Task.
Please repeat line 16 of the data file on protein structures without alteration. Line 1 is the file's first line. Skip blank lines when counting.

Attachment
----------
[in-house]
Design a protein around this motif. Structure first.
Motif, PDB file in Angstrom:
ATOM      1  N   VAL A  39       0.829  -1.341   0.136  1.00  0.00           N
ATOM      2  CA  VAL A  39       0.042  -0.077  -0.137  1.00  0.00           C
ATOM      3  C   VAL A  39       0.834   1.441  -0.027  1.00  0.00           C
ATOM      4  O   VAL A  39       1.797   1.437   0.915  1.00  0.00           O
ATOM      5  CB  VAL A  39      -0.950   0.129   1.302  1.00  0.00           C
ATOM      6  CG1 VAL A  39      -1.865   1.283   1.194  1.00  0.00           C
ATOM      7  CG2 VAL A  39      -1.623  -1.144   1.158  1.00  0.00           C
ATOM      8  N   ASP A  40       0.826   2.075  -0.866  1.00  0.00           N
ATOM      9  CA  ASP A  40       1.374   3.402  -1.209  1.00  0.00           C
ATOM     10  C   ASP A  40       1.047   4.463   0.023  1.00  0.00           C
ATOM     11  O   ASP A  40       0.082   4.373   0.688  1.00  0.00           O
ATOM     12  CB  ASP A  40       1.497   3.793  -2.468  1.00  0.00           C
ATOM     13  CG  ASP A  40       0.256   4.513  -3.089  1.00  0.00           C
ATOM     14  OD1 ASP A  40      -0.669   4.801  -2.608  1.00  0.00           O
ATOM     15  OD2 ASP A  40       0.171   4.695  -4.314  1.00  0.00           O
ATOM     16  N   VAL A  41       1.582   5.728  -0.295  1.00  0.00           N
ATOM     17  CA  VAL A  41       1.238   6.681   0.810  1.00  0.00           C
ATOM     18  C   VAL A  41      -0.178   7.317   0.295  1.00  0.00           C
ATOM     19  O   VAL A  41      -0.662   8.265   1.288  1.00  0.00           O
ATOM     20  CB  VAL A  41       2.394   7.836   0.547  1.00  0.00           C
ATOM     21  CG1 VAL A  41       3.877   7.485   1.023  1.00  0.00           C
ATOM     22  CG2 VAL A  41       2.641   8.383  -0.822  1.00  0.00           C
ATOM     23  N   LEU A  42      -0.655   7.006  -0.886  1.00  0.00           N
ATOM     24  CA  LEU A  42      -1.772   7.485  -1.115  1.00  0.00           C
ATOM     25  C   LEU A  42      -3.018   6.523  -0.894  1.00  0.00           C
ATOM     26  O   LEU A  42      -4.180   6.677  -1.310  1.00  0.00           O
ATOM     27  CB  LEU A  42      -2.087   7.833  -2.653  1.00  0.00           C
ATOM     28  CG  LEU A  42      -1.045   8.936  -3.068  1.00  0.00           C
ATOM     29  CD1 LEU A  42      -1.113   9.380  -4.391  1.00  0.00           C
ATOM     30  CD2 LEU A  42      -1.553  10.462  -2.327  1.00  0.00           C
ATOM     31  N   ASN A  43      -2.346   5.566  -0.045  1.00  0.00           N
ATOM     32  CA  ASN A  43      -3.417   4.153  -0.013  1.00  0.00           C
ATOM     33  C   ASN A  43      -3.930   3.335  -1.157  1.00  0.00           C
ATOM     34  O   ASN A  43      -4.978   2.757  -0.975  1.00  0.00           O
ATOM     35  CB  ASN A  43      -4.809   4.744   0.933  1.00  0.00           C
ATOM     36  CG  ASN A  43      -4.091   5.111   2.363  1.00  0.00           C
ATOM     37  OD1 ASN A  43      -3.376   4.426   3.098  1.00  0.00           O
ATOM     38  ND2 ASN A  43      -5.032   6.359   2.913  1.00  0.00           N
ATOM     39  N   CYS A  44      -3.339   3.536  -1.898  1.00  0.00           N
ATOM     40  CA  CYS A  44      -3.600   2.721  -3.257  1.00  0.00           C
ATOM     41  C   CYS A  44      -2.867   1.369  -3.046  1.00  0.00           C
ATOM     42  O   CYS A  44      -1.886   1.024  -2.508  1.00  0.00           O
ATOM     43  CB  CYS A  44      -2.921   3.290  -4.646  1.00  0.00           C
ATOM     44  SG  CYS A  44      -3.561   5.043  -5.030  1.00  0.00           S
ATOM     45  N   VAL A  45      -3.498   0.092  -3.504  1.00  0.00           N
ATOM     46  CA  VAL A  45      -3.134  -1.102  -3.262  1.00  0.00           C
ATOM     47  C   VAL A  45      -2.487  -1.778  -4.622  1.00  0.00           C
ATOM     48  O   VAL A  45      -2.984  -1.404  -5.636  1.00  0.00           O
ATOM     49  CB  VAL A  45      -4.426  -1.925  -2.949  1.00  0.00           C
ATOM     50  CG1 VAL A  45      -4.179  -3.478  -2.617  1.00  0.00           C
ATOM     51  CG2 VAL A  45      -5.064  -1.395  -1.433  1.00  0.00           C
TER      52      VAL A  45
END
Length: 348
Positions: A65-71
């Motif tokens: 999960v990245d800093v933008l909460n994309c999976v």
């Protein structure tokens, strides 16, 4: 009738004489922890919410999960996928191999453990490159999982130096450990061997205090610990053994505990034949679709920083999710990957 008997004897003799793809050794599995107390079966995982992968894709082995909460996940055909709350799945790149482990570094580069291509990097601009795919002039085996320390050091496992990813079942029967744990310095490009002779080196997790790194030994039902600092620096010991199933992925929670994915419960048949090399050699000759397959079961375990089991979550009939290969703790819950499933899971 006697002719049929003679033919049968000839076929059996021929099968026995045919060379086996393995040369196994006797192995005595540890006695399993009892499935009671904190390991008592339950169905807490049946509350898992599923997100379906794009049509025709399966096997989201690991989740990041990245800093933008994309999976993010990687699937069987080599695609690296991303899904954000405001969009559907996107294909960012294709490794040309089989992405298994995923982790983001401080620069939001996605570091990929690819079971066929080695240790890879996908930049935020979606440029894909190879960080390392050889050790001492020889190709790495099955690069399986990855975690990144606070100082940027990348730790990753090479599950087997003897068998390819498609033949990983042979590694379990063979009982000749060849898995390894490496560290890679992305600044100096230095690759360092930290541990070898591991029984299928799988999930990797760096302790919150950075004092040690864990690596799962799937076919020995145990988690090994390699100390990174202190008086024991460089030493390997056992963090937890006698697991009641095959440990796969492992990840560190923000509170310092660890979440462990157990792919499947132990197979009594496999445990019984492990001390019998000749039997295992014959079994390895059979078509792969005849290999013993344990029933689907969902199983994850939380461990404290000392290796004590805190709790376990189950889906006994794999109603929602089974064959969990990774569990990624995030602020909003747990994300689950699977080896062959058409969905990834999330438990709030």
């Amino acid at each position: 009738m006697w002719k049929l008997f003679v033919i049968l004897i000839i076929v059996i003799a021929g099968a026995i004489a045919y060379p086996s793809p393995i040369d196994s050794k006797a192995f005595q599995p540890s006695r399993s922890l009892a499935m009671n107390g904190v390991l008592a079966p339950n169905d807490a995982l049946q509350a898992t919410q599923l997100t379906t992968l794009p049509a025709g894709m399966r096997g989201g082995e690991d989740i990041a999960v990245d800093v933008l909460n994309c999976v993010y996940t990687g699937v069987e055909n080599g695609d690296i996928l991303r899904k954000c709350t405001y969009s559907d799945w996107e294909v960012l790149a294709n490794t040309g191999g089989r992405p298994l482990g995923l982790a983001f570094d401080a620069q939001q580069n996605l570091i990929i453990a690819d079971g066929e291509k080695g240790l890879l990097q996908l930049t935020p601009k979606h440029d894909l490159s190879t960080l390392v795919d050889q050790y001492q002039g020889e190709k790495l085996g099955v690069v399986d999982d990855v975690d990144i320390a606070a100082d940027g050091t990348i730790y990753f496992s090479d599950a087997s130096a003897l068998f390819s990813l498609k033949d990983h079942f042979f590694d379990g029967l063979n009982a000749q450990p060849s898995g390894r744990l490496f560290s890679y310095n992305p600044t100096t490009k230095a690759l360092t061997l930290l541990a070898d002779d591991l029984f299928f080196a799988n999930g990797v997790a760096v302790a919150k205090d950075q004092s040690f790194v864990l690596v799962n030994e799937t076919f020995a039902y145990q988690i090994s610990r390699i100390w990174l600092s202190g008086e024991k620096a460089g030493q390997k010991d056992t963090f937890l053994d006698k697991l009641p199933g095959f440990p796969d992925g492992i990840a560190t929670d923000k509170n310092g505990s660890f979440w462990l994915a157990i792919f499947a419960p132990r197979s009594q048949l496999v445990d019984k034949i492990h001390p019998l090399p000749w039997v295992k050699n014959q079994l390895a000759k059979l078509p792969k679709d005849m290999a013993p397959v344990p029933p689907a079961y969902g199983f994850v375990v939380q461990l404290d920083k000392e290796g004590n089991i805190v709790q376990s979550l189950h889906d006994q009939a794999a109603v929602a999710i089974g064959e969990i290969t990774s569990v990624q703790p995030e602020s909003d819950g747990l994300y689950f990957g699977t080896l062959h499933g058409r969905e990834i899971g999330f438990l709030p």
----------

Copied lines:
ATOM     13  CG  ASP A  40       0.256   4.513  -3.089  1.00  0.00           C